Why you can’t always bank on Yorkshire

A fine Yorkshire evening at Ribblehead

Summer in Ribblesdale is almost over but I look forward to autumn and the changing colours. The dale is blessed with a good covering of native British trees. Set against the grey backdrop of limestone scars which mellow in the autumn sunshine, they will provide many memorable moments.

Settle is becoming more and more vibrant. The flowerpot festival and folk weekend along with the success of Settle Stories and improvements to the Folly and continued excellence at Victoria Hall have helped attract more visitors. Local shops pubs and accommodation providers all benefit so a ‘well done’ from me to all those involved.

Penyghent from Horton-in-Ribblesdale

I travel to Horton-in-Ribblesdale virtually every day now, helping my son who has a business based there (http://www.cravencleaningservices.co.uk). This summer has seen an incredible number of walkers arriving in Horton to tackle one or all of the Three Peaks. Weekends have seen the tiny village jammed full of cars and large groups of walkers bedecked in T-shirts proclaiming the charities who will benefit from their efforts.

Penyghent this time in the evening

I’ve absolutely nothing against these good folk testing themselves against the Dales landscape as long as they are properly equipped and prepared. But I do sometimes wonder why they all find it necessary to start from Horton. When the first Three Peakers blazed the trail they actually caught the train to Clapham and walked up Ingleborough first. Starting at Ribblehead or Ingleton are also options. And if you just want to do Penyghent, then Helwith Bridge and Dale Head are both excellent starting points.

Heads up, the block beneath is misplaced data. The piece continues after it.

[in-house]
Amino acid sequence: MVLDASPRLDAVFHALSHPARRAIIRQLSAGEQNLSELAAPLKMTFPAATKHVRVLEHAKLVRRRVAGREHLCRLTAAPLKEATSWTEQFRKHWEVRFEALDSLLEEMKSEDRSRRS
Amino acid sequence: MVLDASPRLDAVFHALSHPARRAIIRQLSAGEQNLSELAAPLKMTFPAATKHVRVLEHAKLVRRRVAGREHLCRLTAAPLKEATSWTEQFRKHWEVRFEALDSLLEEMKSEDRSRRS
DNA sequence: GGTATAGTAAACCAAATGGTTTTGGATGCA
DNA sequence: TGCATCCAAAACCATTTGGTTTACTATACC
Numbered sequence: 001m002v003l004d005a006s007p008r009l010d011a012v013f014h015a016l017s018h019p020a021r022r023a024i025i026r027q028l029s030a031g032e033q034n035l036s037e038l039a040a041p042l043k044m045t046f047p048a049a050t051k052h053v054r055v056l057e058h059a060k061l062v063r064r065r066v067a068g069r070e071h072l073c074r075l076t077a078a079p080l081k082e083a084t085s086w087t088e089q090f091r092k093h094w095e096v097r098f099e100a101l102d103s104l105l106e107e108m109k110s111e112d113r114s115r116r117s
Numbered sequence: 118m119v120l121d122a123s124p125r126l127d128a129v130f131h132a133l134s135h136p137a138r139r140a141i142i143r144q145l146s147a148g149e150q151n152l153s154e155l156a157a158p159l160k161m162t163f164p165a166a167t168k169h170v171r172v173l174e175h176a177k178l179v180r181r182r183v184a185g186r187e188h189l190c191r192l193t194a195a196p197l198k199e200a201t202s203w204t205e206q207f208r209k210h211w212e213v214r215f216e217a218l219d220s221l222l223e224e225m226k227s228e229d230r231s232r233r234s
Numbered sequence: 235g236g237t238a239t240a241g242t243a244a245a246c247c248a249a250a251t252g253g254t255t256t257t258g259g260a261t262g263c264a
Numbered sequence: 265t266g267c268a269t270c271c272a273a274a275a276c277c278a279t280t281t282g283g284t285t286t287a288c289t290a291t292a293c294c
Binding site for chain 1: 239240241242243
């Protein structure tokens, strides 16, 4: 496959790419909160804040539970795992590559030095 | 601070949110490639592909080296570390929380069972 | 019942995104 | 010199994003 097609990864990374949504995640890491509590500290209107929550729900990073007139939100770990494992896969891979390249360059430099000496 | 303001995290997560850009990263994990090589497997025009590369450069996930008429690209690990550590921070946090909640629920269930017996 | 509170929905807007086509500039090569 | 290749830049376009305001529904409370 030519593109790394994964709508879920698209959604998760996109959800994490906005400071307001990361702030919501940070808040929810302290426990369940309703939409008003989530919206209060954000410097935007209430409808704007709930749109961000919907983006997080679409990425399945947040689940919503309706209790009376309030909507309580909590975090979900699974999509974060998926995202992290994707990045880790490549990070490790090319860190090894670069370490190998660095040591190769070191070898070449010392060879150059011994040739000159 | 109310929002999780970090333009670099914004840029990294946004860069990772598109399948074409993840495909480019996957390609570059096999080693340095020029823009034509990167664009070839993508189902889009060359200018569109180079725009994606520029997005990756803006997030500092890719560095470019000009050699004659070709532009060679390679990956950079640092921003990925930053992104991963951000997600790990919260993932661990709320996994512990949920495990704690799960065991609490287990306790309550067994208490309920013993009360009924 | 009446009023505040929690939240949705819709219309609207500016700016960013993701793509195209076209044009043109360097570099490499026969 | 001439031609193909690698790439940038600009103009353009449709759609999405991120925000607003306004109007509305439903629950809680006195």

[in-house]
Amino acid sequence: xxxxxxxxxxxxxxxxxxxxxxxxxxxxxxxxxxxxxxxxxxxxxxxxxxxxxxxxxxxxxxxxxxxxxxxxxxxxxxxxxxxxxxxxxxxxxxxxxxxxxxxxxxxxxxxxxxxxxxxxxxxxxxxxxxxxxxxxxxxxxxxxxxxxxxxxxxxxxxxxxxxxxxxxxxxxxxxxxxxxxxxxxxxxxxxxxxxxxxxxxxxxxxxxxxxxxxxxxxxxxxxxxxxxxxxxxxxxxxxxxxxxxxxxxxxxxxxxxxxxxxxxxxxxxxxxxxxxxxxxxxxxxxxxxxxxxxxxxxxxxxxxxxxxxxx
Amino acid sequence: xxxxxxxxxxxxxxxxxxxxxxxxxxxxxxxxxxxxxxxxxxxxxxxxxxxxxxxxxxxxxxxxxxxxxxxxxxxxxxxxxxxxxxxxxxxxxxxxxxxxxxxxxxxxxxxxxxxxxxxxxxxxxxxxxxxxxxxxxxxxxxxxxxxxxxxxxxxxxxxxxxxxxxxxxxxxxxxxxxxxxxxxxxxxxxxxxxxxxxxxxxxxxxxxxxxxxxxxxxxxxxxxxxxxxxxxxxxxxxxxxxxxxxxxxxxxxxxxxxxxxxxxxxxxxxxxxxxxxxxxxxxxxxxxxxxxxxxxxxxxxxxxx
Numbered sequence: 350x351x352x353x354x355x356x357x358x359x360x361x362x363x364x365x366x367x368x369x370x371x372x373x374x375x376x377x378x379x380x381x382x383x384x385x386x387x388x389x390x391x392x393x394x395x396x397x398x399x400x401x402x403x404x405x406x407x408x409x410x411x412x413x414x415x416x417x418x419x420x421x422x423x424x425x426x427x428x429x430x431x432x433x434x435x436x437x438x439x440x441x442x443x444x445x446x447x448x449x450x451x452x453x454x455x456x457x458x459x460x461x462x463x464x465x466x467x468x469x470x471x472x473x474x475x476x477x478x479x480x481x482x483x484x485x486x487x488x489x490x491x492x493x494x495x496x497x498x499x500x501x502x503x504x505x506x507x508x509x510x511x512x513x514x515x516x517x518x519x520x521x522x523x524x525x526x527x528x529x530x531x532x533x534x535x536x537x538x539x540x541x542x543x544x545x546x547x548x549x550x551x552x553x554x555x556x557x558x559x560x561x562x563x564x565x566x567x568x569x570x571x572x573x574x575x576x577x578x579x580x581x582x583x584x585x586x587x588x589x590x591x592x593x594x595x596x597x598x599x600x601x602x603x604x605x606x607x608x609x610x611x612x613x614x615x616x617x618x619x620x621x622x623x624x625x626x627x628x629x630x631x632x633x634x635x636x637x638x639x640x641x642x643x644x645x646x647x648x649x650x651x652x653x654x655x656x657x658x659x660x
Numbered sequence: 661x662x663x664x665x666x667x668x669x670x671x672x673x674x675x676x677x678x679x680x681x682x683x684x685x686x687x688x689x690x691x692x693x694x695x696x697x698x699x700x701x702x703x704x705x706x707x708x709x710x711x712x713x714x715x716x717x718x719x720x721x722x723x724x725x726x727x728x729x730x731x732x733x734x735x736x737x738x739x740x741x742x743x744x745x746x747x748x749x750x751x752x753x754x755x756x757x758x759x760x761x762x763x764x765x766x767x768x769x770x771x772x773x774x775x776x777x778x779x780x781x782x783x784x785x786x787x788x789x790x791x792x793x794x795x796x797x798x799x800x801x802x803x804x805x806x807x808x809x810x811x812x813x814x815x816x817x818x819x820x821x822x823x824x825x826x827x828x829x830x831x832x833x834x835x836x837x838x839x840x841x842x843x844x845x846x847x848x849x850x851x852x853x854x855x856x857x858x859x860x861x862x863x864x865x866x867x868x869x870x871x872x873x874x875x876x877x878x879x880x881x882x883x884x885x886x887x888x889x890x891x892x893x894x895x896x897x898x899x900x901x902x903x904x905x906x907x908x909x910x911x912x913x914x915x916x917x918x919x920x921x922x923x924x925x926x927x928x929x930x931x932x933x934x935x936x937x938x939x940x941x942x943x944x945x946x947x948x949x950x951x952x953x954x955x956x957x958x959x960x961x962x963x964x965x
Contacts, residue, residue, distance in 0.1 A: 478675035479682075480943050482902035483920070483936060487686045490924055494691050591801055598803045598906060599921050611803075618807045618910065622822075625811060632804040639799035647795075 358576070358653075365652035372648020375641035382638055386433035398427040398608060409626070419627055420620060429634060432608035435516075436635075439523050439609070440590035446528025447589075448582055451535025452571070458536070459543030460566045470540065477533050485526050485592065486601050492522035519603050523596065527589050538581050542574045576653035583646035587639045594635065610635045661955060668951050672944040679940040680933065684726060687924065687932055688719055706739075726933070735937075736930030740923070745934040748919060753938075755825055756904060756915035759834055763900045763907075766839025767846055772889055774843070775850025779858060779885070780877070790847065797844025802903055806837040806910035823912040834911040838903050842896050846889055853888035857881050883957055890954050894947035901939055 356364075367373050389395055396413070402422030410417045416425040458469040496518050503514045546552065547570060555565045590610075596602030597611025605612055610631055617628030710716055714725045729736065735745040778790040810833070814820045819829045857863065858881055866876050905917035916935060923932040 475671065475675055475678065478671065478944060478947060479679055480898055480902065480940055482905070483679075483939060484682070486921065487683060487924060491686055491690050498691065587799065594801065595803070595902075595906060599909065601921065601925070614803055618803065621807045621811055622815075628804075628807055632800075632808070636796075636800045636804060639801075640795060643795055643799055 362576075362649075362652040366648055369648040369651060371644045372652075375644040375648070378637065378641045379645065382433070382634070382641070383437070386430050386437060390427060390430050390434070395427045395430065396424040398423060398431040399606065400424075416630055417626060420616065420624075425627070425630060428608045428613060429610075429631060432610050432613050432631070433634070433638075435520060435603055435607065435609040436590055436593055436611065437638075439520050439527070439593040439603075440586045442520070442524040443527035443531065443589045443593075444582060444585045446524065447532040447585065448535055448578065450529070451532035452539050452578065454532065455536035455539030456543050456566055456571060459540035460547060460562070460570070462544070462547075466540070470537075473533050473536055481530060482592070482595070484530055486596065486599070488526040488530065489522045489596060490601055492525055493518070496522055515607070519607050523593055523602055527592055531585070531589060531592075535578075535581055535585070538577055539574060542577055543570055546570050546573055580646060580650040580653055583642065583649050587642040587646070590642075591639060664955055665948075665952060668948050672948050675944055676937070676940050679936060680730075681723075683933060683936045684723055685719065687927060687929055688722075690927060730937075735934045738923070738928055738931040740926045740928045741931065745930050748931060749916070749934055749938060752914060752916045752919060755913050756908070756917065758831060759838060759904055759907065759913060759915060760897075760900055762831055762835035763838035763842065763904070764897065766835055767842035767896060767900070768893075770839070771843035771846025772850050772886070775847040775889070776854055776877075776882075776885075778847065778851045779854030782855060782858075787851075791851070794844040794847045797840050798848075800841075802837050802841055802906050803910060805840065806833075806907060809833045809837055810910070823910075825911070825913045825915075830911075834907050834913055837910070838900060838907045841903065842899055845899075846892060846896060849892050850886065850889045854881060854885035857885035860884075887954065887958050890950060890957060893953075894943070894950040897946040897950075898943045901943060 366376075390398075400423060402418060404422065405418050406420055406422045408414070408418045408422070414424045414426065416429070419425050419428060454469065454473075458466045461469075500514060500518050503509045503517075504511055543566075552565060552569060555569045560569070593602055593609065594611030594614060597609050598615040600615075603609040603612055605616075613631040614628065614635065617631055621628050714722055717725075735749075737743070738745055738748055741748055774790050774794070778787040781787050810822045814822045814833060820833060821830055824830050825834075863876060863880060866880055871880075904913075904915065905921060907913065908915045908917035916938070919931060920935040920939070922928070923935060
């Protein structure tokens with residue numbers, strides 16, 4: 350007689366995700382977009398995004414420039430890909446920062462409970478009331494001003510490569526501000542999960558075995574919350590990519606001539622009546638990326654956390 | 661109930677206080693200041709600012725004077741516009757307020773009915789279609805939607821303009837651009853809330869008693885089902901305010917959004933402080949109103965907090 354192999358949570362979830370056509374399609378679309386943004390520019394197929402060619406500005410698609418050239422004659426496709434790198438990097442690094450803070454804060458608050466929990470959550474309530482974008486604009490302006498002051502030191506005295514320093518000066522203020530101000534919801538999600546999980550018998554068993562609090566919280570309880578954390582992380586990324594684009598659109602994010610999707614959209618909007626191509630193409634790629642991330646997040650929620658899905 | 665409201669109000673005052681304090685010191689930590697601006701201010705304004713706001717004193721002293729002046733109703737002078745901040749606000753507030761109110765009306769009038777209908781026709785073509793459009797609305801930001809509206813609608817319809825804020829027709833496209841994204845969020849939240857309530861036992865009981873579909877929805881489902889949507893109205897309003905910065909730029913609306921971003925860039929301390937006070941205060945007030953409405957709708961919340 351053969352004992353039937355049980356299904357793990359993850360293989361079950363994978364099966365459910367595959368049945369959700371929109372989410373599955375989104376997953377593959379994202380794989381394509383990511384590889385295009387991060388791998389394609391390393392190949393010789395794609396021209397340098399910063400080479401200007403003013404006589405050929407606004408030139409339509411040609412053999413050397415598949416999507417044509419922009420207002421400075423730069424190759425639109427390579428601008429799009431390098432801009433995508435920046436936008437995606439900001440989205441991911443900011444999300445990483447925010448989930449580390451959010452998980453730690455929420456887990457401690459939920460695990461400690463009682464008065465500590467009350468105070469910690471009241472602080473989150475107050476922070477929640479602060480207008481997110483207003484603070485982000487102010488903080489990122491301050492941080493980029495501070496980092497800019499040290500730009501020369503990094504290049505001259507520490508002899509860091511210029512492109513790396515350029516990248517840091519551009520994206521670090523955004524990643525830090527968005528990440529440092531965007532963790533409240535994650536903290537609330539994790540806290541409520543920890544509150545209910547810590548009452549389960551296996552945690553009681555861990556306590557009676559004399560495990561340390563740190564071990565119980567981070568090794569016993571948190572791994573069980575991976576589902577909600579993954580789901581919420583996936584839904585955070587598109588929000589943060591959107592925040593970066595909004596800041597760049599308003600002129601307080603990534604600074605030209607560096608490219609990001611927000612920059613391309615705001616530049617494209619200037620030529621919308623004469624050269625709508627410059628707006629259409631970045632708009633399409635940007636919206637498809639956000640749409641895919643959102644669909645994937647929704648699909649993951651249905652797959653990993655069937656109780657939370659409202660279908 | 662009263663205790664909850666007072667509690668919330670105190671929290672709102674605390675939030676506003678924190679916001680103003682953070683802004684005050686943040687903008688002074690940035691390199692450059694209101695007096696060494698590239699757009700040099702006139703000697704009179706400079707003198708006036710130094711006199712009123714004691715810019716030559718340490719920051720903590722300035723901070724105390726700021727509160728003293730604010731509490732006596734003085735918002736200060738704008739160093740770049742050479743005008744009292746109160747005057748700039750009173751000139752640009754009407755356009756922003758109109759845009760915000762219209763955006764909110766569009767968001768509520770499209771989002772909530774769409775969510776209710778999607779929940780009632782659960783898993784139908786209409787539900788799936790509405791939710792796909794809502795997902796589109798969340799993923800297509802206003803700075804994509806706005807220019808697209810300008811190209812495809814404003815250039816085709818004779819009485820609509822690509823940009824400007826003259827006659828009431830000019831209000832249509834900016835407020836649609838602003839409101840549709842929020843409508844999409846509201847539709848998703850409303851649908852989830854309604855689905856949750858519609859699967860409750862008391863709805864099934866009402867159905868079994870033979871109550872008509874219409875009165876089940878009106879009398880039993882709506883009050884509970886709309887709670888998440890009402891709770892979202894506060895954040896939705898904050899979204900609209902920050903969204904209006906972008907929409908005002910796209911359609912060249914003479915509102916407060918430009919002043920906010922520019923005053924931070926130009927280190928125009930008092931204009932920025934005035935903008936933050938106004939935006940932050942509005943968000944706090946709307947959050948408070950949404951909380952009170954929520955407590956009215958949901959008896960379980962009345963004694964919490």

Waterfall in Ingleborough Nature Reserve

There’s one bit of Yorkshire I’ve gone right off. I’ve been trying to get through to the Yorkshire Bank helpline for 4 days now. If I hear that guitar loop or the Scottish lady telling me I’m in a queue just once more I’ll throw the phone into the Ribble. I can’t currently access my online banking account because they’ve changed the logging-in procedure. They’re sending a passcode to a phone number – except the phone number isn’t mine. Go into the local branch and give them what for, you say? What local branch? The nearest one up to last month was 15 miles away but Yorkshire Bank’s now closed it, so the next nearest one now means a round-trip of 52 miles. A while back I was told I should get the bank’s mobile app so I can bank ‘anywhere, anytime’. That’s a laugh – I can’t get a mobile signal in my rural home. And anyway why should I buy a mobile phone and spend money phoning the bank so they can make staff redundant and close down convenient town centre premises? I read this weekend that 28 percent of the population don’t have mobiles and 18 percent don’t access the internet. That’s a big chunk of the population who are badly catered for by banks. I suppose I’ll be labeled a dinosaur, but being a fully paid-up old fart I don’t care what people think. A bit like the banks really. I’ve been with the Yorkshire for more than 40 years now but I’m afraid that particular relationship will soon be coming to an end. But maybe they’re all as bad?

A Ribblesdale summer – Stainforth Scar from Langcliffe
A few more for the train buffs…

One thought on “Why you can’t always bank on Yorkshire”

  1. It’s great to see your images and writing again. Thank you for bringing real Yorkshire to my phone here in West Sussex. I love reading this while having a pot of tea in a pub while I look out at the sea here in Bognor Regis.

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